Lucy’s new neighbor, downloading New Horizon’s data and more reader feedback

New Horizons phones home

In “Pluto: Explored” (SN: 6/27/15, p. 16), Christopher Crockett chronicled New Horizons’ long journey to the dwarf planet. He followed up with a report on the successful flyby in “Pluto’s icy landscape comes into view” (SN: 8/8/15, p. 6).

“Having read that early images of Pluto encoded in radio waves would take 4.5 hours to reach Earth from the New Horizons space probe, I was surprised to read further on that ‘the data won’t finish downloading until late 2016,’ ” wrote Greg Skala. “Why the long delay for the later data?”

It’s not light’s travel time that’s holding up the data, says Crockett. New Horizons gathered a lot of data during its short flyby of Pluto, some of it quite complex. Now it has to deliver all that information through what amounts to a really cruddy Internet connection. “The amount of data you can stuff through a radio link depends strongly on how much power is left in the signal by the time it hits the receiver. The signal coming from Pluto is really weak. New Horizons has a download bandwidth of a whopping two kilobits per second. The dial-up modem I had in high school could transfer data about 28 times faster than that,” he says. “The spacecraft has something like 50 gigabits of data onboard. That alone would take several months to download.”

Crockett adds that the mission also has to share the Deep Space Network of radio antennas with every other spacecraft in the solar system. New Horizons got priority during the flyby, but for the download period, it has to get back in line with everyone else.

The inventive brain

Creativity may get a boost from a surprising part of the brain. The cerebellum, usually associated with body movements, lit up in brain scans when people played Pictionary, Laura Sanders reported in “Cerebellum may foster creativity” (SN: 6/27/15, p. 11).

Skeptical about the findings, some readers offered other explanations for what might be going on in the brain. “The cerebellum is being activated in drawing because its role in motor control is to make error corrections,” argued Charles Muncal on Facebook. “The more you draw, the more precise your motor control becomes. This is what is occurring when the cerebellum is lighting up.” In an e-mail, John Lord asked, “Isn’t drawing a muscular activity? Doesn’t that always activate the cerebellum, creative or not?”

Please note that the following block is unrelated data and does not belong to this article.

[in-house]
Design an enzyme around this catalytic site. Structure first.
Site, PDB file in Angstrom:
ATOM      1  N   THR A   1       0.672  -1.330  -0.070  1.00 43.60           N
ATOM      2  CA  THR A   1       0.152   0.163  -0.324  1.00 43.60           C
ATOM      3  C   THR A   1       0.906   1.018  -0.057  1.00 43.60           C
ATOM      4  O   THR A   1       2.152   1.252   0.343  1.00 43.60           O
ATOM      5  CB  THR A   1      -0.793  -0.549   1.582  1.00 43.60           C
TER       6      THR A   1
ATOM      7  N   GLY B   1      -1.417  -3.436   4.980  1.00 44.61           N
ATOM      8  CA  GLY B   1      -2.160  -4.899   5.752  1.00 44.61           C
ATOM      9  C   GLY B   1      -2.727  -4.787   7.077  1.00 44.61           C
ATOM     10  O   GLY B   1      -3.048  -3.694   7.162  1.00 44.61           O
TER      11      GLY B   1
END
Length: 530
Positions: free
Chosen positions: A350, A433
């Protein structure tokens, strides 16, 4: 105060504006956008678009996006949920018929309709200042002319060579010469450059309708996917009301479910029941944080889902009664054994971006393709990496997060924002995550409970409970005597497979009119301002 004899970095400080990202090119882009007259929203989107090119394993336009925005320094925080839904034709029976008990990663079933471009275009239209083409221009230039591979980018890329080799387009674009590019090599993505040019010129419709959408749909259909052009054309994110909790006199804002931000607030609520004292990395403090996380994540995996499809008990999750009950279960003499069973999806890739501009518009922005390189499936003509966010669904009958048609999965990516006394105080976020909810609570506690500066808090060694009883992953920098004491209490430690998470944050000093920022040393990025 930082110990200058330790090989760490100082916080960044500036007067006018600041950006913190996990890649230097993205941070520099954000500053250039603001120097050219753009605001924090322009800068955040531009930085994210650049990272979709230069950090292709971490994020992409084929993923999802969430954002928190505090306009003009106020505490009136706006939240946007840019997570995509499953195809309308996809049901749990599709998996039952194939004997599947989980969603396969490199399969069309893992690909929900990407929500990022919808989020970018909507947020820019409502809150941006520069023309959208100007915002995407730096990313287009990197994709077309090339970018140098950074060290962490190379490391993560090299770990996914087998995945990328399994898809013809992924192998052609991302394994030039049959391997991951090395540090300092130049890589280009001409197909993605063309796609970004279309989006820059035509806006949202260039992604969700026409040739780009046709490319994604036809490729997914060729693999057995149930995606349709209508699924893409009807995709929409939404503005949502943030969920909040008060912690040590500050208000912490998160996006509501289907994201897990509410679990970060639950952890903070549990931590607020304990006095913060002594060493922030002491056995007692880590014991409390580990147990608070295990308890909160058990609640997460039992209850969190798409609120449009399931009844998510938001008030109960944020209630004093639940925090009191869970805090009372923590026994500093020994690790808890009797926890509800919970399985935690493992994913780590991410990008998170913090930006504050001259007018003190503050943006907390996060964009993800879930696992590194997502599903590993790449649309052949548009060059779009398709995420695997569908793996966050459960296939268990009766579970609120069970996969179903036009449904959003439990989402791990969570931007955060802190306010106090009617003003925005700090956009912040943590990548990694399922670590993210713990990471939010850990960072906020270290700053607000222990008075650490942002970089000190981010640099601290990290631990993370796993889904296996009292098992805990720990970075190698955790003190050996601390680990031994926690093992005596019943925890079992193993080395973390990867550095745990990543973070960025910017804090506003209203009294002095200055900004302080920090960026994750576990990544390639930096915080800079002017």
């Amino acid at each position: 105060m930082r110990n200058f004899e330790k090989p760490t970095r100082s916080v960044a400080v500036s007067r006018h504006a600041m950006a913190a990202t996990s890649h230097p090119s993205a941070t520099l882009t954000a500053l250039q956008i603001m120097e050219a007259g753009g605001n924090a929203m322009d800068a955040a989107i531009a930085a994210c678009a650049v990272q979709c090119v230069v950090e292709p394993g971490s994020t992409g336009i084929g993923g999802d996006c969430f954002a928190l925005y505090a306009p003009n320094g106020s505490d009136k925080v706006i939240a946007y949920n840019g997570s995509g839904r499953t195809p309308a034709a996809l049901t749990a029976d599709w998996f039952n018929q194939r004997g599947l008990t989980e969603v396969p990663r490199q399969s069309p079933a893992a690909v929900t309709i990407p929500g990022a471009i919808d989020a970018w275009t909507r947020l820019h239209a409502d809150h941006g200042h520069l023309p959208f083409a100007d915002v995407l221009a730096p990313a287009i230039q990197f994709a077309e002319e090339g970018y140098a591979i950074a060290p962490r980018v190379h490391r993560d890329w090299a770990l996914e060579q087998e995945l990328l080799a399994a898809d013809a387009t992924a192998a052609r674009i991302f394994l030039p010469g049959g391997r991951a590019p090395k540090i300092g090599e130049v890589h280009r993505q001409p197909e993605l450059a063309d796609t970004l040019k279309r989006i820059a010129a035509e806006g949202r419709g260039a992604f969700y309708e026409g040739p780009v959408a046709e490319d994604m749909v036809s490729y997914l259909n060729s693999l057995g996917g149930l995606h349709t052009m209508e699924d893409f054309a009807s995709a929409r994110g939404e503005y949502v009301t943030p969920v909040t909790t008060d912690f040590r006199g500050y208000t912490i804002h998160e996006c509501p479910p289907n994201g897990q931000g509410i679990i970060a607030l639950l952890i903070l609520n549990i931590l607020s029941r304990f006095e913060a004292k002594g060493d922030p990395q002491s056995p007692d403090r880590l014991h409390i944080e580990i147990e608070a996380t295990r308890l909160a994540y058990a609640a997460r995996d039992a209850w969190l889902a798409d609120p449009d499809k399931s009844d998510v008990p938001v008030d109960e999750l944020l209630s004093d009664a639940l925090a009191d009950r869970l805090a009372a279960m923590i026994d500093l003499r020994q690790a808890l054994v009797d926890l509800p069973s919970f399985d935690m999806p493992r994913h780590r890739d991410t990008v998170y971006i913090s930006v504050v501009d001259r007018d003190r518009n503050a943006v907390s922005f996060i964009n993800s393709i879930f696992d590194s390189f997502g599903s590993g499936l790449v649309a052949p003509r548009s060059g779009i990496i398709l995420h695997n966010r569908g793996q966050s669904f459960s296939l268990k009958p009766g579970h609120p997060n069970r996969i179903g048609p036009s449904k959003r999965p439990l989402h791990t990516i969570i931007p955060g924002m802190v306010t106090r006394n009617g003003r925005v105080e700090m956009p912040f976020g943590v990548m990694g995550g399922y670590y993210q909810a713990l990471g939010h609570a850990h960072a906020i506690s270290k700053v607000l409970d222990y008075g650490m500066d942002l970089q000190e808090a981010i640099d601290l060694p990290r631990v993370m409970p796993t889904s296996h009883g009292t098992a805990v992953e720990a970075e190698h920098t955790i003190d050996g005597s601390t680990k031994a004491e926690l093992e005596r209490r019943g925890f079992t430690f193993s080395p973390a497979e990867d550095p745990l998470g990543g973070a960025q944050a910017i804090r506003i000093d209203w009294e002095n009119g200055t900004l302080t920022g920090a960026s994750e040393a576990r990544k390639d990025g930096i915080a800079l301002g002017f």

Drawing relies on movements, and the cerebellum does become active when the body moves, Sanders says. In the study, the researchers attempted to compensate for this by having the participants draw a zigzag, which required motion but not creativity. The researchers found that the cerebellum’s activity increased with creativity, even though people were drawing and moving all the while. But it is possible that the findings could be explained by differences in the drawing motions, particularly those movements needed to draw scenes more elaborate than a zigzag.

One hominid or two?

In “Hominid family gets a new member” (SN: 6/27/15, p. 7), Bruce Bower described jaw fossils from Ethiopia that suggest Lucy shared her neighborhood with another early human relative.

Scientists are still debating whether the find represents a new species or just a variation on Lucy’s. “There is a tendency amongst some paleoanthropologists to give every specimen a new name,” observed Tim Cliffe. “It’s also true that some have equally vigorously adopted the opposite agenda — that is, they always see new specimens as merely indicating variation within previously described species. Both these tendencies should be viewed as provisional. There is variation within species; there are also separate species. I suppose this will sort itself out eventually as more specimens round out the picture. But my impression is that DNA evidence will be hard or impossible to get in this multimillion-year-old time range, so the arguments will probably not end soon.”

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